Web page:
The Supremes have agreed to hear appeals by an activist group named Students for Fair Admissions against Harvard and the University of North Carolina.
Those two universities, says the group, discriminate in their admissions policies against students from Asian backgrounds. The hearings will be later this year, with rulings issued in spring or summer next year.
The fun here will be seeing how ingenious the court is in fudging the issue. They will fudge it, of course. Leaving aside the bogus college courses created for dumb students accepted as legacies, athletes, and diversities—Art History, Communications, and any course with "Studies" in the name—strictly meritocratic selection in serious subjects like Physics or History is unthinkable.
Real subjects demanding high IQ would, if students were admitted meritocratically, give you a student body in those subjects around one percent black, ten percent Hispanic, forty percent white, and forty-nine percent Asian; and half of the whites would be Jewish. That would be a huge national scandal, with weeping and rending of garments from coast to coast.
Nobody wants that to happen, although there's a conflict in the public mind between not wanting it to happen and believing there's a fair, non-discriminatory way to avoid it happening.
So the New York Times tells us that, quote:
A Pew Research Center survey in 2019 found that 73 percent of Americans said colleges and universities should not consider race or ethnicity when making decisions about student admissions.
That's right after having told us, in the same paragraph, that
Most Americans believe that it is important to promote racial and ethnic diversity in the workplace and that there is still racism in American society.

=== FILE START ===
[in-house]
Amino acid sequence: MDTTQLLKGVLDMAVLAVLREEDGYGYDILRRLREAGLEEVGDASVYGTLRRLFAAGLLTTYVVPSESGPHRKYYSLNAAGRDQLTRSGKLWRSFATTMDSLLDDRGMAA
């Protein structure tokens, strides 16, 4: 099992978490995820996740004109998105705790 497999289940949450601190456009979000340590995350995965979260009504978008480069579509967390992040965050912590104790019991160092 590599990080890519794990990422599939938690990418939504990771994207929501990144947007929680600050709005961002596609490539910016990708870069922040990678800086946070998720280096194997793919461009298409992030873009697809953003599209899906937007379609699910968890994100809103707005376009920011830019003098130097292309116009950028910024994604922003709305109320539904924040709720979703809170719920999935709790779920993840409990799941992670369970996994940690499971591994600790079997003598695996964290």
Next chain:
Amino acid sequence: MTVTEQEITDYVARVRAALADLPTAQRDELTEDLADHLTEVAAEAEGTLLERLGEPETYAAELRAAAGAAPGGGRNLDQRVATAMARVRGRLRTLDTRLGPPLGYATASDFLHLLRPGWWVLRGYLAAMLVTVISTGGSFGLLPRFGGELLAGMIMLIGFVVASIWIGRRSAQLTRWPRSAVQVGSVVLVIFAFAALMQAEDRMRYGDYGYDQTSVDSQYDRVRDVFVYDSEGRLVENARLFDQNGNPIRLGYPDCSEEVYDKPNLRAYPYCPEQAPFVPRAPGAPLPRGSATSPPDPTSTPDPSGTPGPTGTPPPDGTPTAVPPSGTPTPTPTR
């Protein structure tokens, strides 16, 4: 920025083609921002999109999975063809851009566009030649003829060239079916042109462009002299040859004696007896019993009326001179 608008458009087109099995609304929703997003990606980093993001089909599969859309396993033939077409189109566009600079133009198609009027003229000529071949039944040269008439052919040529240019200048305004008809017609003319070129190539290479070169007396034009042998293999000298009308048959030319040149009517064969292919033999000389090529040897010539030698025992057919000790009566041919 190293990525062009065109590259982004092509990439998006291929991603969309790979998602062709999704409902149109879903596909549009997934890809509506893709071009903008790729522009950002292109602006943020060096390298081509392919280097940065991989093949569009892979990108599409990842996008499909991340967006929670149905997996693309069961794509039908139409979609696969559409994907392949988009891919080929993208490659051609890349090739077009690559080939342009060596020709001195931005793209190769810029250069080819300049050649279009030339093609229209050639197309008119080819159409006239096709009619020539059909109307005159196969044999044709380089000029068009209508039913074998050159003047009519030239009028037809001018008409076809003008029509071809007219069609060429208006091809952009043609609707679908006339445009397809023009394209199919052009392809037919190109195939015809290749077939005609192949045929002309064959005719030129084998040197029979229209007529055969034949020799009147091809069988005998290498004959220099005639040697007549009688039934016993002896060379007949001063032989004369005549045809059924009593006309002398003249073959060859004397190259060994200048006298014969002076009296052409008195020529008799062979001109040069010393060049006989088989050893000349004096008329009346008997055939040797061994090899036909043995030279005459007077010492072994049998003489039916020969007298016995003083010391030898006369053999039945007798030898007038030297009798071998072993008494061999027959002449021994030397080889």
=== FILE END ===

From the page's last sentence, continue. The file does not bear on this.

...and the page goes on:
So the great American public wants to have their Affirmative Action cake and eat it too.
If the Supreme Court tells them to eat it and the student body at our prestige colleges turn forty-nine percent Asian and one percent black, all hell will break loose. That would ignite a roar of outrage by comparison with which today's wailing about "systemic racism" and "white supremacy" would be mere mouse squeaks.
And the outrage would be directed at the Supremes. They'd be in real, serious danger of being lynched.
So they're not going to let it happen. They'll work up a fudge, just as their predecessors did: in the University of Texas case six years ago, in Grutter v. Bollinger and Gratz v. Bollinger in 2003, and the Bakke case in 1978.
For one thing the Supremes are lawyers, expert manipulators of language—fudge-meisters. It comes naturally to them. For another, they are not numerate enough to face the reality of race differences, so working up a fudge won't bother their consciences.
The fudge will, like those previous fudges, be fudgy enough that the colleges can go on doing what they've been doing, just calling it by some different name. So the wheel turns.